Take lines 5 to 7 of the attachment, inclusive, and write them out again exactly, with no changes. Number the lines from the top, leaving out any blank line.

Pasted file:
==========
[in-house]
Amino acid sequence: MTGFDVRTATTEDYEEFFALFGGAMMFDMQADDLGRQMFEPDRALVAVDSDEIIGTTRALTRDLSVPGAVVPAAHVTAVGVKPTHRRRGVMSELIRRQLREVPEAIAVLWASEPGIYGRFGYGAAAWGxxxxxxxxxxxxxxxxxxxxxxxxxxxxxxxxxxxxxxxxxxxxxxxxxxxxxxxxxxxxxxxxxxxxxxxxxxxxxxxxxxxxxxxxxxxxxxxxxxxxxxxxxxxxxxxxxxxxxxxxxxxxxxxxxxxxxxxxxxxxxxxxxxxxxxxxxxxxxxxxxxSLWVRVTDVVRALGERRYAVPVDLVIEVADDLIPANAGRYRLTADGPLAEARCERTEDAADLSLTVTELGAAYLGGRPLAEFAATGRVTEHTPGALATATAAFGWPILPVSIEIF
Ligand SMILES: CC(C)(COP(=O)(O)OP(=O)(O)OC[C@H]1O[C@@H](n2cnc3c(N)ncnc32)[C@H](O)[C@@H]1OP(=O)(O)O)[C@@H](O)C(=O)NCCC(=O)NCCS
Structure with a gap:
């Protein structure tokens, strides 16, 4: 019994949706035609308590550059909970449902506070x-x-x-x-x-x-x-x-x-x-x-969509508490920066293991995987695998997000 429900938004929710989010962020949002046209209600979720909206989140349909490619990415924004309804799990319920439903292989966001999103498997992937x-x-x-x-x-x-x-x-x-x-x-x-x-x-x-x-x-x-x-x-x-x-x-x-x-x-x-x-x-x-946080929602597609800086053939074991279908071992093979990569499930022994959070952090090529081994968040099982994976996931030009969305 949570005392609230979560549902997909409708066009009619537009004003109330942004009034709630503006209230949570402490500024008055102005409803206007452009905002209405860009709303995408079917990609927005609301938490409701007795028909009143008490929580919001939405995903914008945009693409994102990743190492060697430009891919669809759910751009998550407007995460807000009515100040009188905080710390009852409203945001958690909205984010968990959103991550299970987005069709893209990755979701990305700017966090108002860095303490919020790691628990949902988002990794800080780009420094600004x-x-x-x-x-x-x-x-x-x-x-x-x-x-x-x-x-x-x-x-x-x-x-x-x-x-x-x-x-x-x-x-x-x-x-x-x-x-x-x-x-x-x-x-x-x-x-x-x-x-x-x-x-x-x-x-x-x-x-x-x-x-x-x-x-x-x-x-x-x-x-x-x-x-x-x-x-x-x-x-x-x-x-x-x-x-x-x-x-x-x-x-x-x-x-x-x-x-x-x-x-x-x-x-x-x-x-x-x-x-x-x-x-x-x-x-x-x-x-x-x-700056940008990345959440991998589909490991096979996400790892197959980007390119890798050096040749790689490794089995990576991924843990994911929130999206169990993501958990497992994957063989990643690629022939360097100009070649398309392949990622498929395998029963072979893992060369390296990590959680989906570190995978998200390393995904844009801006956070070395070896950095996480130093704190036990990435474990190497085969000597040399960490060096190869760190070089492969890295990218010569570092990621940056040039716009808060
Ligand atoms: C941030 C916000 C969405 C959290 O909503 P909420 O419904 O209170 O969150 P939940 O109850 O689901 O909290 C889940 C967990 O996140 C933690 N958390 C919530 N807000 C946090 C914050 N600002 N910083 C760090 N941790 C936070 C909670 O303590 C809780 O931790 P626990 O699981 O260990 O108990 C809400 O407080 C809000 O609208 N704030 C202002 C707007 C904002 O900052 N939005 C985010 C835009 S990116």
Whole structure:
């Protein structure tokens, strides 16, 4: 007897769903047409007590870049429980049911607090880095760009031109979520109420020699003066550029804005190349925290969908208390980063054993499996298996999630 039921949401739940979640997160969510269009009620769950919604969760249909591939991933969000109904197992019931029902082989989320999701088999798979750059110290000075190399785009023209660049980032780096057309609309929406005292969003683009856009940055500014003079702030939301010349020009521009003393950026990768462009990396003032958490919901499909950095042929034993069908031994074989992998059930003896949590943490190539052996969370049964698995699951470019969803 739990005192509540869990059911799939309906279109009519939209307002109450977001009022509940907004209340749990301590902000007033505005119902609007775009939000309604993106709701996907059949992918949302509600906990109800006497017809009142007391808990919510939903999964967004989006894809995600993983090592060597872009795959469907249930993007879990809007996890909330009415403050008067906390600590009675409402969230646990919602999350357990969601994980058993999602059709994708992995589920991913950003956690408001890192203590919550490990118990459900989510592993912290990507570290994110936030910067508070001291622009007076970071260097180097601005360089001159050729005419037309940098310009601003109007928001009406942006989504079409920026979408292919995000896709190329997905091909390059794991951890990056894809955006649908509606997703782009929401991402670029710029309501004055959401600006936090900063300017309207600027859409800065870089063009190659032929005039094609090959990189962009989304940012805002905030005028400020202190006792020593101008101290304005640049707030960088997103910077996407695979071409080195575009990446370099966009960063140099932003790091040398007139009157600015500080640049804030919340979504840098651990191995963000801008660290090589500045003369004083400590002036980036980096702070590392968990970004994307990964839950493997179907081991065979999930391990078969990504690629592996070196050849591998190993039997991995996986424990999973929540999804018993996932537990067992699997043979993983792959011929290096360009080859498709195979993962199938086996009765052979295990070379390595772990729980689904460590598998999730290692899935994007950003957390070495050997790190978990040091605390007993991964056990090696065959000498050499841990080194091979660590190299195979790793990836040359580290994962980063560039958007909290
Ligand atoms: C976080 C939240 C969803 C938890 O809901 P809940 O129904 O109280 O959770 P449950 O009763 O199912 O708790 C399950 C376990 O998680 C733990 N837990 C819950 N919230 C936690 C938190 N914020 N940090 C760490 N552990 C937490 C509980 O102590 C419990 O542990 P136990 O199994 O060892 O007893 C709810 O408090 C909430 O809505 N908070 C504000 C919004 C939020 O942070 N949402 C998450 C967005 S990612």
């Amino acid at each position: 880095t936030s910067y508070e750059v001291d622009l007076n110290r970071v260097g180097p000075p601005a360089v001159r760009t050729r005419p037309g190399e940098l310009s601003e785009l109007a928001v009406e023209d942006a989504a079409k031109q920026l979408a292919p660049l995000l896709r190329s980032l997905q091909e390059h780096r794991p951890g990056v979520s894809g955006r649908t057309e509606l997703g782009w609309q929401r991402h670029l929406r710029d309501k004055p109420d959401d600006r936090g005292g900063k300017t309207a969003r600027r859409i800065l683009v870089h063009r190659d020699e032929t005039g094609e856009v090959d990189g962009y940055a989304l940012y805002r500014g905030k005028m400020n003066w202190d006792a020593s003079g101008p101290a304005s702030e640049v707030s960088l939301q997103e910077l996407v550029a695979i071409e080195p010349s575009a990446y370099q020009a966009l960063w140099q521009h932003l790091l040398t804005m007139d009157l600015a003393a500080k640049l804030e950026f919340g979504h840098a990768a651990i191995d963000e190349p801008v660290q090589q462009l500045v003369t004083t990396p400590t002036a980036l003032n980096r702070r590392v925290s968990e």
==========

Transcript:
């Protein structure tokens, strides 16, 4: 019994949706035609308590550059909970449902506070x-x-x-x-x-x-x-x-x-x-x-969509508490920066293991995987695998997000 429900938004929710989010962020949002046209209600979720909206989140349909490619990415924004309804799990319920439903292989966001999103498997992937x-x-x-x-x-x-x-x-x-x-x-x-x-x-x-x-x-x-x-x-x-x-x-x-x-x-x-x-x-x-946080929602597609800086053939074991279908071992093979990569499930022994959070952090090529081994968040099982994976996931030009969305 949570005392609230979560549902997909409708066009009619537009004003109330942004009034709630503006209230949570402490500024008055102005409803206007452009905002209405860009709303995408079917990609927005609301938490409701007795028909009143008490929580919001939405995903914008945009693409994102990743190492060697430009891919669809759910751009998550407007995460807000009515100040009188905080710390009852409203945001958690909205984010968990959103991550299970987005069709893209990755979701990305700017966090108002860095303490919020790691628990949902988002990794800080780009420094600004x-x-x-x-x-x-x-x-x-x-x-x-x-x-x-x-x-x-x-x-x-x-x-x-x-x-x-x-x-x-x-x-x-x-x-x-x-x-x-x-x-x-x-x-x-x-x-x-x-x-x-x-x-x-x-x-x-x-x-x-x-x-x-x-x-x-x-x-x-x-x-x-x-x-x-x-x-x-x-x-x-x-x-x-x-x-x-x-x-x-x-x-x-x-x-x-x-x-x-x-x-x-x-x-x-x-x-x-x-x-x-x-x-x-x-x-x-x-x-x-x-700056940008990345959440991998589909490991096979996400790892197959980007390119890798050096040749790689490794089995990576991924843990994911929130999206169990993501958990497992994957063989990643690629022939360097100009070649398309392949990622498929395998029963072979893992060369390296990590959680989906570190995978998200390393995904844009801006956070070395070896950095996480130093704190036990990435474990190497085969000597040399960490060096190869760190070089492969890295990218010569570092990621940056040039716009808060
Ligand atoms: C941030 C916000 C969405 C959290 O909503 P909420 O419904 O209170 O969150 P939940 O109850 O689901 O909290 C889940 C967990 O996140 C933690 N958390 C919530 N807000 C946090 C914050 N600002 N910083 C760090 N941790 C936070 C909670 O303590 C809780 O931790 P626990 O699981 O260990 O108990 C809400 O407080 C809000 O609208 N704030 C202002 C707007 C904002 O900052 N939005 C985010 C835009 S990116």
Whole structure: